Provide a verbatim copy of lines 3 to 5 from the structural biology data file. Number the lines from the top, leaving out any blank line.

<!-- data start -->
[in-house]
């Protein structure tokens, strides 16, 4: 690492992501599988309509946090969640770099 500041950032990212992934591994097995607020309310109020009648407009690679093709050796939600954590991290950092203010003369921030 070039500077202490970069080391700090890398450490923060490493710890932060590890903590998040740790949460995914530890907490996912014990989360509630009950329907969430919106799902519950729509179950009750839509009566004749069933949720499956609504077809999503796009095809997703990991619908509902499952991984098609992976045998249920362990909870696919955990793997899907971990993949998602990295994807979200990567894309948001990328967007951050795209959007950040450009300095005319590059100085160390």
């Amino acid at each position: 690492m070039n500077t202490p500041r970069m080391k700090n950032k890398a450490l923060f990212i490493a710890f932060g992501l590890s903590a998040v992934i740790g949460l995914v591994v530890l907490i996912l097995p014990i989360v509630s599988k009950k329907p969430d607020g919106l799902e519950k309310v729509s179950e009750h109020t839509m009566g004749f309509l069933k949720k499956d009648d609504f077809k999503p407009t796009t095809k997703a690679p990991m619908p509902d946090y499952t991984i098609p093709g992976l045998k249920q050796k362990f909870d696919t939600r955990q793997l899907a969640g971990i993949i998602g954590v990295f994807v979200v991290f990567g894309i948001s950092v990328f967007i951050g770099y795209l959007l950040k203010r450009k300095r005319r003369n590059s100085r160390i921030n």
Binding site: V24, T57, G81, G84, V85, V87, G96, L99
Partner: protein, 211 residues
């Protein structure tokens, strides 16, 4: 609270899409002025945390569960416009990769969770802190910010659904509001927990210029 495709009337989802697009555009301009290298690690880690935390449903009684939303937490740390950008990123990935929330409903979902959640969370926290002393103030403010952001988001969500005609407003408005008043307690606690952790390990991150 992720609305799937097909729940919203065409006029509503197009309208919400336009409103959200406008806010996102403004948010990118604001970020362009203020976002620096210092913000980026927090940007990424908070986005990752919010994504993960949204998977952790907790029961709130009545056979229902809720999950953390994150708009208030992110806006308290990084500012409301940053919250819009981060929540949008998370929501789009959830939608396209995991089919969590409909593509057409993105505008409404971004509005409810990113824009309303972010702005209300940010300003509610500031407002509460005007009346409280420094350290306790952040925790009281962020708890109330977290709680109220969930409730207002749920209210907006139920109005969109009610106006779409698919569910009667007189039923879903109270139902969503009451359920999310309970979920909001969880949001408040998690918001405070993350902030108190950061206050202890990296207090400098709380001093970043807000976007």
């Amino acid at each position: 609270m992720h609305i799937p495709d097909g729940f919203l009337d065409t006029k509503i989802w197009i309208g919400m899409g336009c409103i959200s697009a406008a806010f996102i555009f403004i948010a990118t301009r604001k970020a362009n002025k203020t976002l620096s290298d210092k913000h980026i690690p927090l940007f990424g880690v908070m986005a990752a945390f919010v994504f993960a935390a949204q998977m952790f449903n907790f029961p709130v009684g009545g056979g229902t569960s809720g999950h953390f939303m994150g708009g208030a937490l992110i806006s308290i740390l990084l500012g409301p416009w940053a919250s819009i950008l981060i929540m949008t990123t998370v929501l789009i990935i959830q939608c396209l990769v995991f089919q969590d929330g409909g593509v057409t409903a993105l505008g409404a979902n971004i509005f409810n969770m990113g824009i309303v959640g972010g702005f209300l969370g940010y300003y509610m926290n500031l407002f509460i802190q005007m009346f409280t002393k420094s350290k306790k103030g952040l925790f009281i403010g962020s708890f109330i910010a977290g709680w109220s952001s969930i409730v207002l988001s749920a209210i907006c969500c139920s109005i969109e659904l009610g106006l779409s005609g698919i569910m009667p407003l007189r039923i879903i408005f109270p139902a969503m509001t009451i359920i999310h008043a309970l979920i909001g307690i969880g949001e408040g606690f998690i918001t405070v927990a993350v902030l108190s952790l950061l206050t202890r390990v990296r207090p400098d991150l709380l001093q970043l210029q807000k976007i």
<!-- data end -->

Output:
């Amino acid at each position: 690492m070039n500077t202490p500041r970069m080391k700090n950032k890398a450490l923060f990212i490493a710890f932060g992501l590890s903590a998040v992934i740790g949460l995914v591994v530890l907490i996912l097995p014990i989360v509630s599988k009950k329907p969430d607020g919106l799902e519950k309310v729509s179950e009750h109020t839509m009566g004749f309509l069933k949720k499956d009648d609504f077809k999503p407009t796009t095809k997703a690679p990991m619908p509902d946090y499952t991984i098609p093709g992976l045998k249920q050796k362990f909870d696919t939600r955990q793997l899907a969640g971990i993949i998602g954590v990295f994807v979200v991290f990567g894309i948001s950092v990328f967007i951050g770099y795209l959007l950040k203010r450009k300095r005319r003369n590059s100085r160390i921030n």
Binding site: V24, T57, G81, G84, V85, V87, G96, L99
Partner: protein, 211 residues